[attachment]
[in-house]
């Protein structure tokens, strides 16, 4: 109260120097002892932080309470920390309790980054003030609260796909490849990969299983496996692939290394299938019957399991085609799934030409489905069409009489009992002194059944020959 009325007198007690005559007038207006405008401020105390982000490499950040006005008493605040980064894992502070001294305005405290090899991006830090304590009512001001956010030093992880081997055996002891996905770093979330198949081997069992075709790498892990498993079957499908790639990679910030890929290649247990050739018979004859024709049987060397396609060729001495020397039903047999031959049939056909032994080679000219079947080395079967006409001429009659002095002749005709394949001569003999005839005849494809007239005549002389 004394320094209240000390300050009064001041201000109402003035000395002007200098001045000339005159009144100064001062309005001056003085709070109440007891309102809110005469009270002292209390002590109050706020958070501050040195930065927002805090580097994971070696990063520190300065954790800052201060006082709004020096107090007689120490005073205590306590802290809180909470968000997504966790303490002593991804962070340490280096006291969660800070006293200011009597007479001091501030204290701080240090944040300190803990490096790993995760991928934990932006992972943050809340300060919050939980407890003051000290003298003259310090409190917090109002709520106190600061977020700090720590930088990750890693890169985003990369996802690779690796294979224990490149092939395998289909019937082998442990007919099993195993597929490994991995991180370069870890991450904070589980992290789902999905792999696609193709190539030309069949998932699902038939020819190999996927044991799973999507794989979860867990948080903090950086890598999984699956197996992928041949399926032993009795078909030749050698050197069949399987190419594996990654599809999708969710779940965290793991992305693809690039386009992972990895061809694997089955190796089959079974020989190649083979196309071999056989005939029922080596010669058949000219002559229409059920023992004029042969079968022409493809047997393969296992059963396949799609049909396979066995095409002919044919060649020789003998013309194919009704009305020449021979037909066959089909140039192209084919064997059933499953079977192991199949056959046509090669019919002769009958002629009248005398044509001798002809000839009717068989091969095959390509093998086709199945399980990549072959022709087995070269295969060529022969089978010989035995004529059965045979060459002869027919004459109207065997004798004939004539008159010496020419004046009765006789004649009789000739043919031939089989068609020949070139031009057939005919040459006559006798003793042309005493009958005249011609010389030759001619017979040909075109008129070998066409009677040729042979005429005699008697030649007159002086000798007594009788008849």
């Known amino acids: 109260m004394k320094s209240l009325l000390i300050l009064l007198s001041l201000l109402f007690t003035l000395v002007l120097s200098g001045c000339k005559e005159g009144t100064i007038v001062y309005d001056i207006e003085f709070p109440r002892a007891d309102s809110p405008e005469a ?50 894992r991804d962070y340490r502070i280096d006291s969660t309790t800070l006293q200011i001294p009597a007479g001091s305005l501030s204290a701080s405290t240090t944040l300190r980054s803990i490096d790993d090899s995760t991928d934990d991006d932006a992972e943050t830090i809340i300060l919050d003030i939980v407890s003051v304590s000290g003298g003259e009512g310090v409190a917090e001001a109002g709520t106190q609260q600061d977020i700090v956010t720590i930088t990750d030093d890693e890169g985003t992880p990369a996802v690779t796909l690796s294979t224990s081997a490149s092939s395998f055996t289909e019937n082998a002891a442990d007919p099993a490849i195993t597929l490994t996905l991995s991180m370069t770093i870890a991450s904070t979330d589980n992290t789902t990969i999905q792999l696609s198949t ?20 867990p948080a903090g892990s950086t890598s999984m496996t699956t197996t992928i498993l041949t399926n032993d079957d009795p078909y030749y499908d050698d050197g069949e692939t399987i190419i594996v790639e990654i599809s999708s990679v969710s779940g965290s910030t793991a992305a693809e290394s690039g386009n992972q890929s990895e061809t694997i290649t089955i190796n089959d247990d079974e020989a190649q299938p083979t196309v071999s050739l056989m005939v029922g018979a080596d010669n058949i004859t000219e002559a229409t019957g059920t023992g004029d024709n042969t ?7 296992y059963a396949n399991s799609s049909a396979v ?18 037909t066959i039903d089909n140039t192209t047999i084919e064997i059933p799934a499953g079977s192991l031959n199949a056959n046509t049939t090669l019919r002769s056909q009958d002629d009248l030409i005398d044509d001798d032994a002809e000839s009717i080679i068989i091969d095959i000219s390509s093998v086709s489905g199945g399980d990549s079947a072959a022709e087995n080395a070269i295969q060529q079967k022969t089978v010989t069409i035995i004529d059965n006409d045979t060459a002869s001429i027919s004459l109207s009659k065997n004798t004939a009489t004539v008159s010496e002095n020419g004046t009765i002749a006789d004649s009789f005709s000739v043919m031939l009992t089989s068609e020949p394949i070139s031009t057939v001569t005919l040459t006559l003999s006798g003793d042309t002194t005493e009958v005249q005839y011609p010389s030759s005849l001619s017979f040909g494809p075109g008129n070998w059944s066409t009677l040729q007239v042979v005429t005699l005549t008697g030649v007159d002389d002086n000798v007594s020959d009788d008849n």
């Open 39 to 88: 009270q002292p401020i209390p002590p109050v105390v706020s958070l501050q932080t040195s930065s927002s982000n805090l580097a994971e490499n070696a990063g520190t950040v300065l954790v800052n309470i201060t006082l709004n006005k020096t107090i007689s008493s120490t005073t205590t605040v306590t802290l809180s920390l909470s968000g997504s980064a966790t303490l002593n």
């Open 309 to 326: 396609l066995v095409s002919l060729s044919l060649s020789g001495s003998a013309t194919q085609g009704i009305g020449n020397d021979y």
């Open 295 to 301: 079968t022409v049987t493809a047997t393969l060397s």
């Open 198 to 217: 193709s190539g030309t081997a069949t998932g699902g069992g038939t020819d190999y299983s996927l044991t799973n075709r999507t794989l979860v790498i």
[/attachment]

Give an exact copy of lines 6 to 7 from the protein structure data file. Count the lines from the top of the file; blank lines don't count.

């Open 295 to 301: 079968t022409v049987t493809a047997t393969l060397s």
């Open 198 to 217: 193709s190539g030309t081997a069949t998932g699902g069992g038939t020819d190999y299983s996927l044991t799973n075709r999507t794989l979860v790498i």